When I ditched MyCar...
Few entrepreneurs are experiencing relatively more convenience with Ola and Uber and are taking charge of their spending.
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Until you are a driving fanatic who loves being behind the wheel even if it is about making way through the maddening city traffic, chances are that you might prefer taking a backseat. Or maybe not when you can ditch your car altogether for an Ola or an Uber cab, which is much more than just about escaping traffic woes.
Entrepreneurs, particularly startups for whom everything comes hard, driving their way to work or being driven in their own car is obviously of great convenience. But that convenience comes bundled with necessary evils like fuel costs, periodic servicing costs, insurance renewals, dents and scratches, and accidents.
So, you end up feeding that convenience by continuously overspending money on your car unlike few such entrepreneurs who have been experiencing relatively more convenience with Ola and Uber and taking charge of their spending. "Using Uber and Ola is of real convenience."
I am free from all worries whether it is traffic chaos, fuel cost or vehicle maintenance. I was supposed to buy a new Honda City or Honda Jazz car this year but I probably won't because using these cabs seems more economical rather than putting money and paying interest for a new car," says Satish Kataria, Managing Director, Catapooolt.
Mumbai-based Kataria, who founded crowdfunding platform in 2013, uses cab services around three-four days a week whether for meetings beyond 5-10 km distance from his office or for a family dinner. Excluding every other costs, Rs 10,000-15,000 for a driver's salary and fuel expense in the same range will add up to around Rs 30,000
per month. Kataria clearly sees the cost effectiveness in using cab services. "I have been using them for around a year now. It costs me Rs 10-15k a month, which is around 40-50 percent cheaper than spending on a personal vehicle," further says Kataria.
From three-four days in a week to completely switching to these cabs, entrepreneurs have been wisely on- oarding these cabs to make the best of their commuting time. While Sampad Swain, Co-founder and CEO, Instamojo, a Bengaluru-based payments solution company, has been using Uber, "…for everything – office meetings, family outings, dropping kids to school, etc;" Abhijit Bose, CEO and Cofounder, Ezetap, a mobile point-of-sale start-up, does use his 10-yearold Honda City once in a while, which he won't sell and would neither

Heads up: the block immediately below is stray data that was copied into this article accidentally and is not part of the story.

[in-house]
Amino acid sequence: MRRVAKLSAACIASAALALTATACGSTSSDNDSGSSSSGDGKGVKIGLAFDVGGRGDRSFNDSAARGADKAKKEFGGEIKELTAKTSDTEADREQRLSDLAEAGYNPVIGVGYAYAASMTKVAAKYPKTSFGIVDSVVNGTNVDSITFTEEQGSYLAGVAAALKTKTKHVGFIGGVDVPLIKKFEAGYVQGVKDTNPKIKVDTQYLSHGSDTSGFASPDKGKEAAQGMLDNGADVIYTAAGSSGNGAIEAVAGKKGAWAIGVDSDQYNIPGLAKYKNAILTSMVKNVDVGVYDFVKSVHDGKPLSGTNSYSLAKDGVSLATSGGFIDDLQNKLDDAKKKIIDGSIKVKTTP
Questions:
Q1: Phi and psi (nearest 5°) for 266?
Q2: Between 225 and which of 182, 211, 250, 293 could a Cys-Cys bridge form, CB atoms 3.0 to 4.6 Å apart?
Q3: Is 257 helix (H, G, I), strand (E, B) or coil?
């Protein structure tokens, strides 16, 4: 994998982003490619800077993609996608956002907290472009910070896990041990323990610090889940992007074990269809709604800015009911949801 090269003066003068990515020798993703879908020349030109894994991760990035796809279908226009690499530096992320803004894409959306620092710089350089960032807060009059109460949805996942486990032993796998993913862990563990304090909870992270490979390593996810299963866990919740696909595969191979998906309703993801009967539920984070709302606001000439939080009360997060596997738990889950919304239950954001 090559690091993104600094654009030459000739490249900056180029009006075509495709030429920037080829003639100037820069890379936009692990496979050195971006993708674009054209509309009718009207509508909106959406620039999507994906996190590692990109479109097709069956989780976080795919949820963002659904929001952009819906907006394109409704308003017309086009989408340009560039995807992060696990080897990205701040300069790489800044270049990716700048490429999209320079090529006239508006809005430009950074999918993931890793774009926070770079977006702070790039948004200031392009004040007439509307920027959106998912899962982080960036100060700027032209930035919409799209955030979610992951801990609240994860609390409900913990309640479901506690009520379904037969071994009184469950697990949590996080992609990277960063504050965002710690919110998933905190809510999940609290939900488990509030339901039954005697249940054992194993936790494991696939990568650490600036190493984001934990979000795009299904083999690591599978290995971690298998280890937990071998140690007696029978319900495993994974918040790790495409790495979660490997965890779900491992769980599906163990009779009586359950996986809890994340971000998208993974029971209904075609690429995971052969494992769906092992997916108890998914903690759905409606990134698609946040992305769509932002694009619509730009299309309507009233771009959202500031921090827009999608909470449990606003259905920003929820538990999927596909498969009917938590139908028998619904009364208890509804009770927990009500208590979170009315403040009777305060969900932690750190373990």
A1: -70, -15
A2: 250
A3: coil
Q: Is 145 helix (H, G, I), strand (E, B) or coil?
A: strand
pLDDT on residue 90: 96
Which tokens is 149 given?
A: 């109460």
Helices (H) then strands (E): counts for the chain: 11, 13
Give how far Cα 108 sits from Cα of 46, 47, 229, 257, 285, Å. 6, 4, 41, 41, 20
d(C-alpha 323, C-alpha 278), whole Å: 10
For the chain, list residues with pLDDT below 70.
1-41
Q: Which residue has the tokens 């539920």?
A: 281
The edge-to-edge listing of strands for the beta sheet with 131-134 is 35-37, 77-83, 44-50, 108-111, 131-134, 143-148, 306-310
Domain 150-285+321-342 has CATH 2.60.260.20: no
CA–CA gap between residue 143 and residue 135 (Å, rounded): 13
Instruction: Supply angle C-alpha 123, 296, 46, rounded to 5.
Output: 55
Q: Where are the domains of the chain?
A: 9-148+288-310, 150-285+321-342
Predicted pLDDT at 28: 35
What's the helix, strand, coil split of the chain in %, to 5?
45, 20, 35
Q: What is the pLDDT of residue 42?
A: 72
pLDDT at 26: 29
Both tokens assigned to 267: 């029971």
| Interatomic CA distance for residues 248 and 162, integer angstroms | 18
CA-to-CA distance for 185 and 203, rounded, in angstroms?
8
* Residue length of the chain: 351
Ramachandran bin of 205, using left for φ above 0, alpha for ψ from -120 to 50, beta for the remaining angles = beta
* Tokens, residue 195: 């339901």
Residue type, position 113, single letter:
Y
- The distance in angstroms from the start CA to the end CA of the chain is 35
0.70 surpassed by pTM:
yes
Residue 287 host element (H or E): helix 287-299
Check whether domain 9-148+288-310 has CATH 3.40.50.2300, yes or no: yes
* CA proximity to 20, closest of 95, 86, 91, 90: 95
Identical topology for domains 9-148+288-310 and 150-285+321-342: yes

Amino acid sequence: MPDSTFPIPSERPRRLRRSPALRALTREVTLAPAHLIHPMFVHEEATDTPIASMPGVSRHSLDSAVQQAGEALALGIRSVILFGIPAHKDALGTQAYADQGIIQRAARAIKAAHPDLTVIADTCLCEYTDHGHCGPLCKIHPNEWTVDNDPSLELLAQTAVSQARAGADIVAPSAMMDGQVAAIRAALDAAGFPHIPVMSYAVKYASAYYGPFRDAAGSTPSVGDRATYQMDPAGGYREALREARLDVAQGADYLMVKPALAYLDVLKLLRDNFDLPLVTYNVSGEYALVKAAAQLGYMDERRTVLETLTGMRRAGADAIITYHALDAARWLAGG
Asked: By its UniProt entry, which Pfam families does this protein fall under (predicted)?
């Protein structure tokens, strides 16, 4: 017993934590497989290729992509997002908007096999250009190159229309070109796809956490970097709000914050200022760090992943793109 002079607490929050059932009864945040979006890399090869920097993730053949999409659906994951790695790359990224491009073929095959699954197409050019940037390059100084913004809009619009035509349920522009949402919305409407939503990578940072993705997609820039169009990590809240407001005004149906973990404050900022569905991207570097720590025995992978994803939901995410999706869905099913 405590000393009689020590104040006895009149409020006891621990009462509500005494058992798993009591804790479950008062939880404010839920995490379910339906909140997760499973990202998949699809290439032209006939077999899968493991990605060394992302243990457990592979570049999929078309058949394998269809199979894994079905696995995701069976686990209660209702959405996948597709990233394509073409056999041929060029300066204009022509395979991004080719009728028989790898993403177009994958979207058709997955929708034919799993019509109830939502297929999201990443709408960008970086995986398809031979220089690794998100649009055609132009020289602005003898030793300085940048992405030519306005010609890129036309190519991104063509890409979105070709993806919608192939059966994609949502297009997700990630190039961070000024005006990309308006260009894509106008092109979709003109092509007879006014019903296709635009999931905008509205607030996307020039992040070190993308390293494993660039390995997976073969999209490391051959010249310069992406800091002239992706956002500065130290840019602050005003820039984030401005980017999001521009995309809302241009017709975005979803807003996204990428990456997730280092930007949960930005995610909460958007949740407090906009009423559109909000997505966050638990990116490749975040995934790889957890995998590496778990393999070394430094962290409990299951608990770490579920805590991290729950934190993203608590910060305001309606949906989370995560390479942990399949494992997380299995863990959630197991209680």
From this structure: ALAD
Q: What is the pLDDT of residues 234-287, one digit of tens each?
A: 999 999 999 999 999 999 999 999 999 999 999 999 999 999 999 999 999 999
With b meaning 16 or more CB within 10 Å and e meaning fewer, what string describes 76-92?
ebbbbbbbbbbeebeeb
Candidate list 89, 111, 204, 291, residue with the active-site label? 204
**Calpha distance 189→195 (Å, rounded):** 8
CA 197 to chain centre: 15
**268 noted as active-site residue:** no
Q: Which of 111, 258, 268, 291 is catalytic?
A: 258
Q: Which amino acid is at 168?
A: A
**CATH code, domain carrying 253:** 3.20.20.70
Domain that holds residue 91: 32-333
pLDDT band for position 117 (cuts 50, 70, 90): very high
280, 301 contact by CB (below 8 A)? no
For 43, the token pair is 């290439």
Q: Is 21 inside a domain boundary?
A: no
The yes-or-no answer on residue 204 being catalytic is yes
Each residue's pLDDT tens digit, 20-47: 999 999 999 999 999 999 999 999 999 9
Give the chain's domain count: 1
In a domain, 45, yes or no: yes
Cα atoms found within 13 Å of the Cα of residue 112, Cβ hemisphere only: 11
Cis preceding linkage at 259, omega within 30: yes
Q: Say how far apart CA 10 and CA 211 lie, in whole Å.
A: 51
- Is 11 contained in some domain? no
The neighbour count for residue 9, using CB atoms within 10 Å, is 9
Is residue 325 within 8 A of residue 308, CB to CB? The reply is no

buy a new car.
"I used to drive, and it was always stressful reaching office in an hour's time that earlier never took more than 30 minutes. So I switched to using these cabs around two-and-a-half years back. In the first year and a half, I used Ola and Uber for probably going out on weekend or to an airport. Then I started going two days by Uber and rest on my own in a week which increased to four days by Uber and rest by my own car. Now, it is almost 100 percent that I have switched to Uber in the last six months," says Bose.
The monthly running cost for Bose's car has been of fuel charges (around Rs 10,000), which is relatively cheaper than what he spends using Uber or Ola every month, "but that's worth it," he says. "My average monthly billing using these cabs is more than Rs 15,000, which is more expensive than driving my own car but that doesn't bother me.
Because of the mental stress, I used to go through using my own car wasn't worth it," explains Bose. While the response time for these cabs to arrive once they receive request from customers is less than five minutes but often it happens that cabs just don't show up for various reasons like being stuck in traffic or driver simply ignoring the request.
Hence, having your car during emergencies instead of bidding it goodbye does make sense. "I have bad experiences with these cabs like when I was travelling to Delhi earlier, I booked an Ola but the cab didn't come. So I would still be using my car in future but certainly I might use these cabs more often," says Krishna Kumar, Founder and CEO, Simplilearn.
Kumar, running his edtech company that offers professional certification training, switched from using local taxis to these cabs in 2013 for meetings at Bengaluru's prime commercial hub central business district, for shopping in the city.
There is already a strong undercurrent in urban areas which is swiftly surfacing: to switch to accessing a car easily instead of owning it as a means to commute much to the dislike of Anand Mahindra, Chairman, Mahindra Group, who in September this year cautioned the rise of these cabs as a potential threat to the auto sales. But factually speaking how many of us would give thumbs up to owning a depreciating asset when you can virtually own one without any mental baggage?